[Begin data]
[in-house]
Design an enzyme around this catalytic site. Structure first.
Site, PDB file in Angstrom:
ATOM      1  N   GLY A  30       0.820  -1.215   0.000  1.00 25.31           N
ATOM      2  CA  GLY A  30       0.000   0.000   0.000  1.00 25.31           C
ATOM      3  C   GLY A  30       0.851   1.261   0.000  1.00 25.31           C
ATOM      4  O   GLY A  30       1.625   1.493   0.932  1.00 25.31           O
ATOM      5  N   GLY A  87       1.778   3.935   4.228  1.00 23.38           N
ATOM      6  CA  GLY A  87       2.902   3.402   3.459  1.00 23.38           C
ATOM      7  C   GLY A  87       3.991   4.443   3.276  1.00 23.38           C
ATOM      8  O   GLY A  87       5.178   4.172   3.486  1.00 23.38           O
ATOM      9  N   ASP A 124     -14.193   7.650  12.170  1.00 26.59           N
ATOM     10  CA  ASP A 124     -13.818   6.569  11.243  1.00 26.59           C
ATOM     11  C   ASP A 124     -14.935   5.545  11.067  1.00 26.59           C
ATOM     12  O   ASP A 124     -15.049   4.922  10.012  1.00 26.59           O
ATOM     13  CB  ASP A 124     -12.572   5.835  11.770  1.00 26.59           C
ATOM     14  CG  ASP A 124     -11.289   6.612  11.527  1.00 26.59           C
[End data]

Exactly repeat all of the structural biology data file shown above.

[in-house]
Design an enzyme around this catalytic site. Structure first.
Site, PDB file in Angstrom:
ATOM      1  N   GLY A  30       0.820  -1.215   0.000  1.00 25.31           N
ATOM      2  CA  GLY A  30       0.000   0.000   0.000  1.00 25.31           C
ATOM      3  C   GLY A  30       0.851   1.261   0.000  1.00 25.31           C
ATOM      4  O   GLY A  30       1.625   1.493   0.932  1.00 25.31           O
ATOM      5  N   GLY A  87       1.778   3.935   4.228  1.00 23.38           N
ATOM      6  CA  GLY A  87       2.902   3.402   3.459  1.00 23.38           C
ATOM      7  C   GLY A  87       3.991   4.443   3.276  1.00 23.38           C
ATOM      8  O   GLY A  87       5.178   4.172   3.486  1.00 23.38           O
ATOM      9  N   ASP A 124     -14.193   7.650  12.170  1.00 26.59           N
ATOM     10  CA  ASP A 124     -13.818   6.569  11.243  1.00 26.59           C
ATOM     11  C   ASP A 124     -14.935   5.545  11.067  1.00 26.59           C
ATOM     12  O   ASP A 124     -15.049   4.922  10.012  1.00 26.59           O
ATOM     13  CB  ASP A 124     -12.572   5.835  11.770  1.00 26.59           C
ATOM     14  CG  ASP A 124     -11.289   6.612  11.527  1.00 26.59           C